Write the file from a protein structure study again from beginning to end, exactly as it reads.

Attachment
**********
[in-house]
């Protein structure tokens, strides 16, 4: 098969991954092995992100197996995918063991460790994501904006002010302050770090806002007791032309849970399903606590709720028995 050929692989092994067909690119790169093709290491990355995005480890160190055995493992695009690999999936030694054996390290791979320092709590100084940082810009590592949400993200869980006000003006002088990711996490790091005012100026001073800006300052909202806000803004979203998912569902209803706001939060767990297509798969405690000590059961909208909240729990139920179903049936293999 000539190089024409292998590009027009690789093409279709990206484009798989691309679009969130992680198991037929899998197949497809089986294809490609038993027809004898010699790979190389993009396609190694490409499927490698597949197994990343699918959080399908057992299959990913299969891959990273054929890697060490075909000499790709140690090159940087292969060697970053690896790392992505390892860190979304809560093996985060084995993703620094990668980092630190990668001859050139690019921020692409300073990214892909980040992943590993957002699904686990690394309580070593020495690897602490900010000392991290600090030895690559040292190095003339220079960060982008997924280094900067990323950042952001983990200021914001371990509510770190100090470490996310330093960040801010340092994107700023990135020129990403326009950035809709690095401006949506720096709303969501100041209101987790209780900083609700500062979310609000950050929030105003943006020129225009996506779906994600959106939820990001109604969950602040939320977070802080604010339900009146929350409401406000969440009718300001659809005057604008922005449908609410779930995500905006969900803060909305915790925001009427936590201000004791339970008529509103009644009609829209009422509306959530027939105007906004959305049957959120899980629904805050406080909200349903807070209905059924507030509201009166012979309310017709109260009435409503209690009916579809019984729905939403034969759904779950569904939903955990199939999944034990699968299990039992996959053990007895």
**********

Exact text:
[in-house]
């Protein structure tokens, strides 16, 4: 098969991954092995992100197996995918063991460790994501904006002010302050770090806002007791032309849970399903606590709720028995 050929692989092994067909690119790169093709290491990355995005480890160190055995493992695009690999999936030694054996390290791979320092709590100084940082810009590592949400993200869980006000003006002088990711996490790091005012100026001073800006300052909202806000803004979203998912569902209803706001939060767990297509798969405690000590059961909208909240729990139920179903049936293999 000539190089024409292998590009027009690789093409279709990206484009798989691309679009969130992680198991037929899998197949497809089986294809490609038993027809004898010699790979190389993009396609190694490409499927490698597949197994990343699918959080399908057992299959990913299969891959990273054929890697060490075909000499790709140690090159940087292969060697970053690896790392992505390892860190979304809560093996985060084995993703620094990668980092630190990668001859050139690019921020692409300073990214892909980040992943590993957002699904686990690394309580070593020495690897602490900010000392991290600090030895690559040292190095003339220079960060982008997924280094900067990323950042952001983990200021914001371990509510770190100090470490996310330093960040801010340092994107700023990135020129990403326009950035809709690095401006949506720096709303969501100041209101987790209780900083609700500062979310609000950050929030105003943006020129225009996506779906994600959106939820990001109604969950602040939320977070802080604010339900009146929350409401406000969440009718300001659809005057604008922005449908609410779930995500905006969900803060909305915790925001009427936590201000004791339970008529509103009644009609829209009422509306959530027939105007906004959305049957959120899980629904805050406080909200349903807070209905059924507030509201009166012979309310017709109260009435409503209690009916579809019984729905939403034969759904779950569904939903955990199939999944034990699968299990039992996959053990007895």